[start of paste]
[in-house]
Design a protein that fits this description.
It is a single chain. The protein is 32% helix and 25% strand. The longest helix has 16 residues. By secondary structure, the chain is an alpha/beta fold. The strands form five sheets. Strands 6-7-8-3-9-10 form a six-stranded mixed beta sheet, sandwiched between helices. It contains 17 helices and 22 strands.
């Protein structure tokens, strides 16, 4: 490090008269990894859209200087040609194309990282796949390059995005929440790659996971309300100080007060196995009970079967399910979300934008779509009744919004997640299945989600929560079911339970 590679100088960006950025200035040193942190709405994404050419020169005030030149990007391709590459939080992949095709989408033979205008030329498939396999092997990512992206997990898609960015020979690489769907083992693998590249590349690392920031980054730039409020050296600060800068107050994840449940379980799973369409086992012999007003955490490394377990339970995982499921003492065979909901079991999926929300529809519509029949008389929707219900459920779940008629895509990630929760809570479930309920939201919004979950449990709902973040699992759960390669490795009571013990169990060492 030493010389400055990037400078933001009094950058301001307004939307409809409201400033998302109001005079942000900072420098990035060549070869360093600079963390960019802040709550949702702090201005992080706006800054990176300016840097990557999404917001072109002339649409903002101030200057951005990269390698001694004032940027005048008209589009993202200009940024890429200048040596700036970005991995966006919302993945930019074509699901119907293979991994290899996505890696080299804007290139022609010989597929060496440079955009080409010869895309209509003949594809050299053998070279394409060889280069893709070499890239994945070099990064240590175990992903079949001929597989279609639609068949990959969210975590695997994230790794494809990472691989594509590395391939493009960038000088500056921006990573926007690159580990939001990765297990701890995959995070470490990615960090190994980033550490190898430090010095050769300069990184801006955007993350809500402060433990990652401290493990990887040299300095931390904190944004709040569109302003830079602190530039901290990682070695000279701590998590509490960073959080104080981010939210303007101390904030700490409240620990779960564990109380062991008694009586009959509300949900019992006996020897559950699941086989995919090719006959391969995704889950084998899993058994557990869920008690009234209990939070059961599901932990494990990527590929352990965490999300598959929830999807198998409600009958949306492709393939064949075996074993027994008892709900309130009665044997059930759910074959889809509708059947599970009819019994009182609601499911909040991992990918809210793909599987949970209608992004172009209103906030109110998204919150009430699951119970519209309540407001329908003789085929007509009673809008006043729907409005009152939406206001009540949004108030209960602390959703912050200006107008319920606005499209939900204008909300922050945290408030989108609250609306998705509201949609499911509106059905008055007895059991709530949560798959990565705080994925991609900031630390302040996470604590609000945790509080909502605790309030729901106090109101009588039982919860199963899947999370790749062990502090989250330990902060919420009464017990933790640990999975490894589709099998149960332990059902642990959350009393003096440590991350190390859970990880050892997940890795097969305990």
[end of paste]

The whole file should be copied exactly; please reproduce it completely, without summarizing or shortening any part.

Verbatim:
[in-house]
Design a protein that fits this description.
It is a single chain. The protein is 32% helix and 25% strand. The longest helix has 16 residues. By secondary structure, the chain is an alpha/beta fold. The strands form five sheets. Strands 6-7-8-3-9-10 form a six-stranded mixed beta sheet, sandwiched between helices. It contains 17 helices and 22 strands.
């Protein structure tokens, strides 16, 4: 490090008269990894859209200087040609194309990282796949390059995005929440790659996971309300100080007060196995009970079967399910979300934008779509009744919004997640299945989600929560079911339970 590679100088960006950025200035040193942190709405994404050419020169005030030149990007391709590459939080992949095709989408033979205008030329498939396999092997990512992206997990898609960015020979690489769907083992693998590249590349690392920031980054730039409020050296600060800068107050994840449940379980799973369409086992012999007003955490490394377990339970995982499921003492065979909901079991999926929300529809519509029949008389929707219900459920779940008629895509990630929760809570479930309920939201919004979950449990709902973040699992759960390669490795009571013990169990060492 030493010389400055990037400078933001009094950058301001307004939307409809409201400033998302109001005079942000900072420098990035060549070869360093600079963390960019802040709550949702702090201005992080706006800054990176300016840097990557999404917001072109002339649409903002101030200057951005990269390698001694004032940027005048008209589009993202200009940024890429200048040596700036970005991995966006919302993945930019074509699901119907293979991994290899996505890696080299804007290139022609010989597929060496440079955009080409010869895309209509003949594809050299053998070279394409060889280069893709070499890239994945070099990064240590175990992903079949001929597989279609639609068949990959969210975590695997994230790794494809990472691989594509590395391939493009960038000088500056921006990573926007690159580990939001990765297990701890995959995070470490990615960090190994980033550490190898430090010095050769300069990184801006955007993350809500402060433990990652401290493990990887040299300095931390904190944004709040569109302003830079602190530039901290990682070695000279701590998590509490960073959080104080981010939210303007101390904030700490409240620990779960564990109380062991008694009586009959509300949900019992006996020897559950699941086989995919090719006959391969995704889950084998899993058994557990869920008690009234209990939070059961599901932990494990990527590929352990965490999300598959929830999807198998409600009958949306492709393939064949075996074993027994008892709900309130009665044997059930759910074959889809509708059947599970009819019994009182609601499911909040991992990918809210793909599987949970209608992004172009209103906030109110998204919150009430699951119970519209309540407001329908003789085929007509009673809008006043729907409005009152939406206001009540949004108030209960602390959703912050200006107008319920606005499209939900204008909300922050945290408030989108609250609306998705509201949609499911509106059905008055007895059991709530949560798959990565705080994925991609900031630390302040996470604590609000945790509080909502605790309030729901106090109101009588039982919860199963899947999370790749062990502090989250330990902060919420009464017990933790640990999975490894589709099998149960332990059902642990959350009393003096440590991350190390859970990880050892997940890795097969305990």